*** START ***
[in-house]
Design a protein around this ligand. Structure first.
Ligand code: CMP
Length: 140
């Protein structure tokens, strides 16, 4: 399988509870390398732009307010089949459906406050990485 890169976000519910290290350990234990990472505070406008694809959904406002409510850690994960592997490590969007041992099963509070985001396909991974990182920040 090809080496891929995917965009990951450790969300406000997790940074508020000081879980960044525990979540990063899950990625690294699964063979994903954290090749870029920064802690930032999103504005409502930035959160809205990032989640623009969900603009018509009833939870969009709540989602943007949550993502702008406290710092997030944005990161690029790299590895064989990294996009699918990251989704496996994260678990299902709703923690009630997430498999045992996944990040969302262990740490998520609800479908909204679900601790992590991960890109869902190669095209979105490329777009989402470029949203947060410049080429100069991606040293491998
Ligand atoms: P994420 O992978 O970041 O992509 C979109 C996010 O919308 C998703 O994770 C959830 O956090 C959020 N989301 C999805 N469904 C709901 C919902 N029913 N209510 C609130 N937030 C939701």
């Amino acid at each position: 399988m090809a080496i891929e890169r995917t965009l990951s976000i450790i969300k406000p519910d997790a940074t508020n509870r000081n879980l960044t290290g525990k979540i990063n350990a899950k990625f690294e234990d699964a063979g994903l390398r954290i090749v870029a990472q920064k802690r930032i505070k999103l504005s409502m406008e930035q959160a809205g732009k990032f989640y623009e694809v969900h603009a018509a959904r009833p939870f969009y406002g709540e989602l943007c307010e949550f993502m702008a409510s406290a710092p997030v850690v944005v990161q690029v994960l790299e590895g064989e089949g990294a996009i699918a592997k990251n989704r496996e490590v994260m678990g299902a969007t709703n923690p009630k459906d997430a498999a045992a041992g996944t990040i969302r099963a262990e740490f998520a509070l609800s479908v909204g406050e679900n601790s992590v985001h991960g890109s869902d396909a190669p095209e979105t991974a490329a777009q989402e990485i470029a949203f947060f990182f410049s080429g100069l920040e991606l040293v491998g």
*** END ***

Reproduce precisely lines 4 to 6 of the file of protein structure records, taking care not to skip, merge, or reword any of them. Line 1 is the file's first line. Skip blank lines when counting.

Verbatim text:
Length: 140
């Protein structure tokens, strides 16, 4: 399988509870390398732009307010089949459906406050990485 890169976000519910290290350990234990990472505070406008694809959904406002409510850690994960592997490590969007041992099963509070985001396909991974990182920040 090809080496891929995917965009990951450790969300406000997790940074508020000081879980960044525990979540990063899950990625690294699964063979994903954290090749870029920064802690930032999103504005409502930035959160809205990032989640623009969900603009018509009833939870969009709540989602943007949550993502702008406290710092997030944005990161690029790299590895064989990294996009699918990251989704496996994260678990299902709703923690009630997430498999045992996944990040969302262990740490998520609800479908909204679900601790992590991960890109869902190669095209979105490329777009989402470029949203947060410049080429100069991606040293491998
Ligand atoms: P994420 O992978 O970041 O992509 C979109 C996010 O919308 C998703 O994770 C959830 O956090 C959020 N989301 C999805 N469904 C709901 C919902 N029913 N209510 C609130 N937030 C939701």